When the bodies of the dead have still not been recovered, the survivors of this disaster have still not been rehoused, and the community of North Kensington is still in mourning, it might be argued that now is too early to talk about the future. However, while we mourn and wait on a Public Inquiry that will take years to draw its inevitable conclusions, the perpetrators of this disaster are acting, not only to cover their responsibility and culpability, but to determine the future of Grenfell Tower – what Sadiq Khan called the ‘legacy’ of the fire. Sajid Javid, the Secretary of State for Communities and Local Government, has placed Kensington and Chelsea council’s housing, regeneration, community engagement and governance services under a Grenfell Fire Response Team, which is led by a group of chief executives from councils across London. The spokesperson for this team is Eleanor Kelly, the Chief Executive at Southwark Labour council, which has perhaps the worst track record of any council in London for demolishing estates, relocating their communities outside the borough, and redeveloping the land as high-value properties for investment by oversees and offshore companies. This is the clearest indication of how the government intends to capitalise on the Grenfell Tower fire.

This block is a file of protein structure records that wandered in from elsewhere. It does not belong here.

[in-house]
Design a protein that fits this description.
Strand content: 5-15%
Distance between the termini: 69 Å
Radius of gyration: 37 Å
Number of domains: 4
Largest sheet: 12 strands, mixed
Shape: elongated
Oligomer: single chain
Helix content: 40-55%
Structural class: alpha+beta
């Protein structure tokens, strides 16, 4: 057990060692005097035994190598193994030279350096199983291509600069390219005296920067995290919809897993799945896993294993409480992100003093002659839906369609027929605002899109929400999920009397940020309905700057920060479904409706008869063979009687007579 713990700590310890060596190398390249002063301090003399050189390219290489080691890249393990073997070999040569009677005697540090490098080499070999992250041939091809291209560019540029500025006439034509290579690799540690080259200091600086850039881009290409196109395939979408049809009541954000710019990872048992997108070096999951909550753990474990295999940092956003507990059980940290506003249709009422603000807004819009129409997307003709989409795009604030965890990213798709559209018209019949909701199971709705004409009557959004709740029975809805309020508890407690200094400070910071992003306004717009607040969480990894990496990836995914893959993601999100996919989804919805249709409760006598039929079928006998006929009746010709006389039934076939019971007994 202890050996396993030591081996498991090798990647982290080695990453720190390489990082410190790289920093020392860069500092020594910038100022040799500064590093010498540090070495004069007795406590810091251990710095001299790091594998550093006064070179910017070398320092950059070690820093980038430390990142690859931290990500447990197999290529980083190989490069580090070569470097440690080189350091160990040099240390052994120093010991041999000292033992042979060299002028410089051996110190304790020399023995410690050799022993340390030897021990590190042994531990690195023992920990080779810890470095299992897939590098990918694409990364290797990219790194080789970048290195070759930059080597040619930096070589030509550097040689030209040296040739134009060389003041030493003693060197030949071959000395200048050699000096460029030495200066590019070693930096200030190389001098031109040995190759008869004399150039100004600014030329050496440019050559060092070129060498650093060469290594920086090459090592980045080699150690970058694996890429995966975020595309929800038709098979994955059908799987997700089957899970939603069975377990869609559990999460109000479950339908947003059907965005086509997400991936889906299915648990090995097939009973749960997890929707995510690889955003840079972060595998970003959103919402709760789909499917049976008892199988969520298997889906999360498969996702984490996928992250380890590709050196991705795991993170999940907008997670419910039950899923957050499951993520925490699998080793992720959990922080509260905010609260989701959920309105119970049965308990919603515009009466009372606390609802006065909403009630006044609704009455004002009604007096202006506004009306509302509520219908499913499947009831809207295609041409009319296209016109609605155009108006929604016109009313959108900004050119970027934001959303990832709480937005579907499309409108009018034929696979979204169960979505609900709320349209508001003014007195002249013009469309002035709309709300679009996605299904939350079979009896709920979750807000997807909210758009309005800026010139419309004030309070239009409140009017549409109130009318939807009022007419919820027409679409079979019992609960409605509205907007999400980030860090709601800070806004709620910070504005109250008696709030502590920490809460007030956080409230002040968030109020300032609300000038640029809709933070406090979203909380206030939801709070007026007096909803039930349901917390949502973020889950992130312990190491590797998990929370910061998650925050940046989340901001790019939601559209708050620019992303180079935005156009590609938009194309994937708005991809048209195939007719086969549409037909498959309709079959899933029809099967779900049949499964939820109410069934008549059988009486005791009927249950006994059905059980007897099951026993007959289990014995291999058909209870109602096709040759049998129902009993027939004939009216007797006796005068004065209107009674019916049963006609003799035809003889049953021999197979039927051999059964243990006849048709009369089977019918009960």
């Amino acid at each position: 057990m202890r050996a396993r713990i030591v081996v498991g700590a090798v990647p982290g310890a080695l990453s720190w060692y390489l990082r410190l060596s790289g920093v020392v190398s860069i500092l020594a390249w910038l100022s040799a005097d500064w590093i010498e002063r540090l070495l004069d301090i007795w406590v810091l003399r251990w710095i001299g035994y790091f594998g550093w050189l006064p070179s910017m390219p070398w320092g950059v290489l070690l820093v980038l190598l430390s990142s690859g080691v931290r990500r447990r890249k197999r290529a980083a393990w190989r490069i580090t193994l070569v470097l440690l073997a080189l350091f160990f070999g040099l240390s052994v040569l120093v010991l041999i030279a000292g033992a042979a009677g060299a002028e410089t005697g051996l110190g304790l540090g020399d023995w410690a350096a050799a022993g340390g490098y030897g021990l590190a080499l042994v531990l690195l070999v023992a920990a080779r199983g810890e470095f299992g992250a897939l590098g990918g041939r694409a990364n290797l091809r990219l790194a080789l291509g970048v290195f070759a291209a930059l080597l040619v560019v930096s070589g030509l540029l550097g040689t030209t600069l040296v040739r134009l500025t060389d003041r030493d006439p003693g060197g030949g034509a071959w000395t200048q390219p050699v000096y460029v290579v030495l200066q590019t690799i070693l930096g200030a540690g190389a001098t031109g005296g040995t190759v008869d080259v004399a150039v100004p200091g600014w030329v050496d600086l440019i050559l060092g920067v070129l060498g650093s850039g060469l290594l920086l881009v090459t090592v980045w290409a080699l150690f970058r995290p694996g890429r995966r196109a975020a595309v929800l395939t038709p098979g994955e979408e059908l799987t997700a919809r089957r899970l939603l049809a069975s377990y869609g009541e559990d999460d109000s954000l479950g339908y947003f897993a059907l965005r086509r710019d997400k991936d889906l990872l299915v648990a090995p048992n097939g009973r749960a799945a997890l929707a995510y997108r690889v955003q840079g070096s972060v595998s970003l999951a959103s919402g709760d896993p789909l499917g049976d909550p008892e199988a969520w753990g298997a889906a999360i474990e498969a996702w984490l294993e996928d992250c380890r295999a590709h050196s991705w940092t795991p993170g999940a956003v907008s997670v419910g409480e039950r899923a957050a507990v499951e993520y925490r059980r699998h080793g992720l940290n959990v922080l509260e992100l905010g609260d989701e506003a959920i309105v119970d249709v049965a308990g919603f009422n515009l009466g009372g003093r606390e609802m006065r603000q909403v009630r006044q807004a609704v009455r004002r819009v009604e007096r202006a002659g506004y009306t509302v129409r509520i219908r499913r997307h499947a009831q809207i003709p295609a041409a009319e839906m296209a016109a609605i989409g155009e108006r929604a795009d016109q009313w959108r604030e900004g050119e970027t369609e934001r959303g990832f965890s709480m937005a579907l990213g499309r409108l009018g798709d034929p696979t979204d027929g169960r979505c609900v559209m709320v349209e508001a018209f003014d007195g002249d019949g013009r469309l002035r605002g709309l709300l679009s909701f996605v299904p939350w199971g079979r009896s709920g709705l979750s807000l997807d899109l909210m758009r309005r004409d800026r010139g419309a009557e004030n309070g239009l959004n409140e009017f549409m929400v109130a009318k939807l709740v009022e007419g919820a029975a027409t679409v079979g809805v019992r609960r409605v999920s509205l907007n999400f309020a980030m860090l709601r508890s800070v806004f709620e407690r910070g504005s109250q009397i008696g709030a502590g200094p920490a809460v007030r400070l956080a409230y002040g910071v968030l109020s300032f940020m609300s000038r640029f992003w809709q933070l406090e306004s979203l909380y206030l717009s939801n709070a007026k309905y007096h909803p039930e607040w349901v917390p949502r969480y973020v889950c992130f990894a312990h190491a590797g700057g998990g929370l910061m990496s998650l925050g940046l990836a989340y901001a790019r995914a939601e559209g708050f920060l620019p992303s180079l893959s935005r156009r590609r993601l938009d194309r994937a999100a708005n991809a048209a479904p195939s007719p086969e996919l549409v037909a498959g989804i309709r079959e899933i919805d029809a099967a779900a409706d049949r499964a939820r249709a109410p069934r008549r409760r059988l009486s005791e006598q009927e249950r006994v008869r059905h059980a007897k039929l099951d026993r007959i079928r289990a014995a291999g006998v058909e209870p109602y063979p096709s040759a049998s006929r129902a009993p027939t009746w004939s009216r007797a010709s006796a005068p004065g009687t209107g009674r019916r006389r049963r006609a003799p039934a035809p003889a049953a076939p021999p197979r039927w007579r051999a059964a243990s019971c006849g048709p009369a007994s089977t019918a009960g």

In response to the disaster, the Conservative government of Theresa May has pledged £5,500 in emergency funds for every household that lost their home in the fire. In contrast to this miserly sum, the public has been hugely generous. In addition to an estimated 174 tonnes of donated items, which are being handled and distributed by the British Red Cross, an estimated £20 million in cash has been donated, with £5.5 million from the London Community Foundation/Evening Standard Dispossessed Fund; £5.1 million from the Kensington & Chelsea Foundation; £4.7 million from the British Red Cross; £4 million from more than 700 individual appeals on the websites like JustGiving and GoFundMe; and £500,000 from four Muslim charities. However, as of 18 July only £800,000 of that money has been distributed, and a tiny £158,000, less than 0.8 per cent of the total, to a mere 16 survivors from the Grenfell Tower fire. It is crucial that the donated funds are not siphoned off by Kensington and Chelsea council, predatory charities and legal firms or property developers with an eye on the land from which the ruin of Grenfell Tower will be dismantled.